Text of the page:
Bare Remedy Equine Podiatry

Naomi Garner DEP MEPA (UK), Equine Podiatrist

Case Study 'N'

In March 2022 I was asked to trim pony 'N', on presentation it was clear this was more than usual overgrowth. The pony did not have raised pulses or heat in the foot. I nippered off the length I was comfortable with and the owner phoned the vet to organise radiographs. Seeing as the left fore was visibly the most pathological, radiographs were taken on that foot just a few days later. 


The radiographs confirmed that 'N' had chronic laminitis damage with severe demineralisation of the pedal bone. With accurate knowledge of sole depth and toe length I was able to remove the excessive hoof horn, utilising tendon tests to make sure I was not overstressing the flexor tendons by reducing heel height. 'N' was instantly more comfortable post trim and cantered across the field for the first time in a long while. 


With a frequent trim cycle the growth rate in the heels stabilised and a tighter growth line started to appear from the coronet. Trim by trim I have reduced heel height and shortened breakover of the foot. I have started to reduce the dorsal wall flare significantly now that the new angle of growth is more than halfway down the foot. With the bone demineralisation 'ski tip' the foot may permanatly have growth abnormalities, but the pony is comfortable with no current inflammation.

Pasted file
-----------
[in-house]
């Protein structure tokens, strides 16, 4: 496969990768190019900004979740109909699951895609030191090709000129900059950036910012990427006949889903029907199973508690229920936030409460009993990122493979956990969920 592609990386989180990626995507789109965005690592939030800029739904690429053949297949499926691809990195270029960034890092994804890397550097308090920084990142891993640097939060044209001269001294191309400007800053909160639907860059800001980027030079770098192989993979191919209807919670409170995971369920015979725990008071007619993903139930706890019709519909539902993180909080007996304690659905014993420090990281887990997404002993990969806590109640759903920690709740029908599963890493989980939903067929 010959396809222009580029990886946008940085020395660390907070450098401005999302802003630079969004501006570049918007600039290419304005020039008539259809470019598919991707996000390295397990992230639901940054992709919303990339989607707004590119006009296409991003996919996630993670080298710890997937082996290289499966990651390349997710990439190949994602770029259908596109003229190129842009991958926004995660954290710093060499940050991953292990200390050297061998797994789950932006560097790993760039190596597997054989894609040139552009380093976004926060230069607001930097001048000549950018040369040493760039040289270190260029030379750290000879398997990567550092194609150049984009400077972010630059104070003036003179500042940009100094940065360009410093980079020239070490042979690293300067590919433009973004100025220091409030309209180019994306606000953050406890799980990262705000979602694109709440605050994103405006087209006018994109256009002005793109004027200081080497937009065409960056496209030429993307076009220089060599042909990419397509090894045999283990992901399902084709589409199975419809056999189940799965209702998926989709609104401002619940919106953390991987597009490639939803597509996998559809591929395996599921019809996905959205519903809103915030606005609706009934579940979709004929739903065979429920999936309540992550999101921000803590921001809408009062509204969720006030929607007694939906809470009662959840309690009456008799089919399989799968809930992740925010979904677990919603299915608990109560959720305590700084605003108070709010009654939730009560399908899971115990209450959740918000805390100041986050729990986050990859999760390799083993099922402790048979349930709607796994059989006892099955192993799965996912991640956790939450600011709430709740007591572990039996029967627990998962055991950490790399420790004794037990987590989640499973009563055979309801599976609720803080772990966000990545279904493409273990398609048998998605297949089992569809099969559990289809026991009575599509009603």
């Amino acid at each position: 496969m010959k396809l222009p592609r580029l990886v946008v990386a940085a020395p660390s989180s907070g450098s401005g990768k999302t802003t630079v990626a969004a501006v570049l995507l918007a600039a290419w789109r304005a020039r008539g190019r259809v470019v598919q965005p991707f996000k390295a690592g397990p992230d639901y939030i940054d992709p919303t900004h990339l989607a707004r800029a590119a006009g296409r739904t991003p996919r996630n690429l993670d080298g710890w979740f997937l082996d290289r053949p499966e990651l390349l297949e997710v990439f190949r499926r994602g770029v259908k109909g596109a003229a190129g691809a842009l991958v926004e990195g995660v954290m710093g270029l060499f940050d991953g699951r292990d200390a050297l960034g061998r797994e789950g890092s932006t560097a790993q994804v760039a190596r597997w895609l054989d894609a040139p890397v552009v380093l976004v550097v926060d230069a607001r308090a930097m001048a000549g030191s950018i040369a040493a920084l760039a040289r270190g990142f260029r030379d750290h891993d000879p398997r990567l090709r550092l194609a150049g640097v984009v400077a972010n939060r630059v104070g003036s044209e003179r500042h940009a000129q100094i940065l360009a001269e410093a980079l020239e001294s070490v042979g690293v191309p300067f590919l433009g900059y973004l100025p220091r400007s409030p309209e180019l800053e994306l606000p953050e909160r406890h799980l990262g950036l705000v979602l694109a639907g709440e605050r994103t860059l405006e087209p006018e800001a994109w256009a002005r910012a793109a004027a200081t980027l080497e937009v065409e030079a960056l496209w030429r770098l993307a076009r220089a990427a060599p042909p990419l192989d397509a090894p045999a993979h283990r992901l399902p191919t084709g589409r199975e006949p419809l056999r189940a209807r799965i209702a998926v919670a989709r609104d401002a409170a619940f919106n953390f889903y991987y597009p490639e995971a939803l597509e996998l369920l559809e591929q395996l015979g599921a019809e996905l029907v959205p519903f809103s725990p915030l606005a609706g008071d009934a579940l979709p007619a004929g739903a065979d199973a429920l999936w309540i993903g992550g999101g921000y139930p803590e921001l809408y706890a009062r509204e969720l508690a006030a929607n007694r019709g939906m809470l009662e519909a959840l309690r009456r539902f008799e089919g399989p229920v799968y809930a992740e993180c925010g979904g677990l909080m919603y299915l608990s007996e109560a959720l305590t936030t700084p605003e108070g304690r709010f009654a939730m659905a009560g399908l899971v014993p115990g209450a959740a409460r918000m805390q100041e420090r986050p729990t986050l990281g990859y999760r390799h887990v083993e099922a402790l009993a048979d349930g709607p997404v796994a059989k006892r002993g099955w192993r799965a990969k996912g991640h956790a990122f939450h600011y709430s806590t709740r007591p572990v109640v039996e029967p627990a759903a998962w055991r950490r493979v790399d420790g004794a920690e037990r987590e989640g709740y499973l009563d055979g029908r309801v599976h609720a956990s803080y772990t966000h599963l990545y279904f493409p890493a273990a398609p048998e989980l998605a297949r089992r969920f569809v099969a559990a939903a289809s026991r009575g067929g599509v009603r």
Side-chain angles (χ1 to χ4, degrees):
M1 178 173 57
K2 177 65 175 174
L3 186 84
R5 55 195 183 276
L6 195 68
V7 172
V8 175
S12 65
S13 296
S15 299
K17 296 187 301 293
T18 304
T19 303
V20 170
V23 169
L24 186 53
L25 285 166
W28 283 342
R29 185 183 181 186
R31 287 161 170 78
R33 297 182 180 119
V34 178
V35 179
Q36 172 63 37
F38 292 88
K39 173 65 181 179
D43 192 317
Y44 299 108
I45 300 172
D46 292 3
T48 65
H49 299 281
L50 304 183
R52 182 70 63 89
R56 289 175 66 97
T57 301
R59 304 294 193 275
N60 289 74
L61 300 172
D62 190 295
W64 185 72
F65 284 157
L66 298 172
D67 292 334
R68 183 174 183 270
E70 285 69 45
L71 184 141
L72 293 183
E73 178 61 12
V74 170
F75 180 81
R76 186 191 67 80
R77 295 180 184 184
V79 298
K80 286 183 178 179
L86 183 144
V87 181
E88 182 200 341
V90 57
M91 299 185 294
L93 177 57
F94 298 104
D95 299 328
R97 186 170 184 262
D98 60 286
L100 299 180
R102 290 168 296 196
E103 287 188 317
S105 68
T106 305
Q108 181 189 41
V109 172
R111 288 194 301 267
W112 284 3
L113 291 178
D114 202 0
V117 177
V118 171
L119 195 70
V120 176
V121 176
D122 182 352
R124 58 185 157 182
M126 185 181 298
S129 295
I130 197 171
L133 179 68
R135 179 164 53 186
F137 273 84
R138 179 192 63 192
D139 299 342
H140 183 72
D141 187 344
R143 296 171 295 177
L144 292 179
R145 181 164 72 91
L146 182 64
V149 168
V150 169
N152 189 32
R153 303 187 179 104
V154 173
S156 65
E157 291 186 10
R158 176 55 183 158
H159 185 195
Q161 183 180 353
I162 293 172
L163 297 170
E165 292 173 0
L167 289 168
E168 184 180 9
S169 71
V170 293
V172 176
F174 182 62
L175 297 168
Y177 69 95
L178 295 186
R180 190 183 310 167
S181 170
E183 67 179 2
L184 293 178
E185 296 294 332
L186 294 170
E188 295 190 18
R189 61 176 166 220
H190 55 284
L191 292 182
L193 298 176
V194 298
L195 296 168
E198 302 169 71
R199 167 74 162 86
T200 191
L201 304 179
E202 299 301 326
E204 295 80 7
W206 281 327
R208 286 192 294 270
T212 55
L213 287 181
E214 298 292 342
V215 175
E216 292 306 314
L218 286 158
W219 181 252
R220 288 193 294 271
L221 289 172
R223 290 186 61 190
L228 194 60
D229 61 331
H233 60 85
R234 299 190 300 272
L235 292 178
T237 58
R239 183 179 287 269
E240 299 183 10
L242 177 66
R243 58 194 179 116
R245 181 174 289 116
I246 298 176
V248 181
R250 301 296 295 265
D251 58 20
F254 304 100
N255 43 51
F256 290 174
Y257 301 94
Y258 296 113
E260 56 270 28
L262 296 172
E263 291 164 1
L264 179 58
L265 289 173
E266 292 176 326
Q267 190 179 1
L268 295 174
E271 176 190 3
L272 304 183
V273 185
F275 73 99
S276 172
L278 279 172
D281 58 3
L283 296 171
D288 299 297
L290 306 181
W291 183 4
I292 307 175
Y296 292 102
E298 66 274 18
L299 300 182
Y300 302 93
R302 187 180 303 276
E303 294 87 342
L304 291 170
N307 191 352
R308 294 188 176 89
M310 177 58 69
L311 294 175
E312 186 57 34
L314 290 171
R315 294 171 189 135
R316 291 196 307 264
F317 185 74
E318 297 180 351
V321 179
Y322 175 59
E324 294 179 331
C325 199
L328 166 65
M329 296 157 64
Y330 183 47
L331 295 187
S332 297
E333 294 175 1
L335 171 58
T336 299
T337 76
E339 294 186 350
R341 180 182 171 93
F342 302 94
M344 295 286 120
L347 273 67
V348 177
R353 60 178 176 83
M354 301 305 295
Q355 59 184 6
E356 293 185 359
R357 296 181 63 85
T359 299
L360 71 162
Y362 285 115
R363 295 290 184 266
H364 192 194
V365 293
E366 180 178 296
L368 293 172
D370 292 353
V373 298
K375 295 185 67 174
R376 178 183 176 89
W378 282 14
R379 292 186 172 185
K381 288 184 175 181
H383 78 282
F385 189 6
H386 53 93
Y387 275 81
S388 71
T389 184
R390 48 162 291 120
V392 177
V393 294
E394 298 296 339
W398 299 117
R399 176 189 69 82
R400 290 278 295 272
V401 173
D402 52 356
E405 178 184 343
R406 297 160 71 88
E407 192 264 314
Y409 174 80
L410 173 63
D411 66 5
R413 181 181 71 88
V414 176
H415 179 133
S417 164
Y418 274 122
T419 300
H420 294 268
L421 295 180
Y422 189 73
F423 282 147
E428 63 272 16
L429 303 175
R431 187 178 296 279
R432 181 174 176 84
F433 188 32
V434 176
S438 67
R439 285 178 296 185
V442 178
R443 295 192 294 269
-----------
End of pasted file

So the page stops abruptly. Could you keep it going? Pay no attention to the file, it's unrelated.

Case Study 'T'

'T' is an Arab who has always been barefoot who, due to bone misalignment in the pastern area and excessive unbalanced landings, had quite an uneven foot when I started trimming. On picking up the leg, the foot bent inwards and although the foot was balanced to itself, it was aiding the misalignment of the limb. It is not always suitable to try and improve these issues, bony growth can form in the joints, soft tissues can harden, meaning that attempting to improve the abnormality can lead to discomfort. As 'T' was sound and keeping up with regular ridden work, I decided to slowly try and improve the angles. Pictures from pre trim first visit June 2021.

Each visit I rebalanced the foot and reduced flares, bringing the toe back to improve breakover and the excessive pressure going through the medial toe. 'T' has now seen a reduced occurance of abscesses whilst remaining sound throughout. We still have improvements to be made in the caudal structures of the hooves which can now even up with more balanced landings. These pictures show pre and post trim September 2022.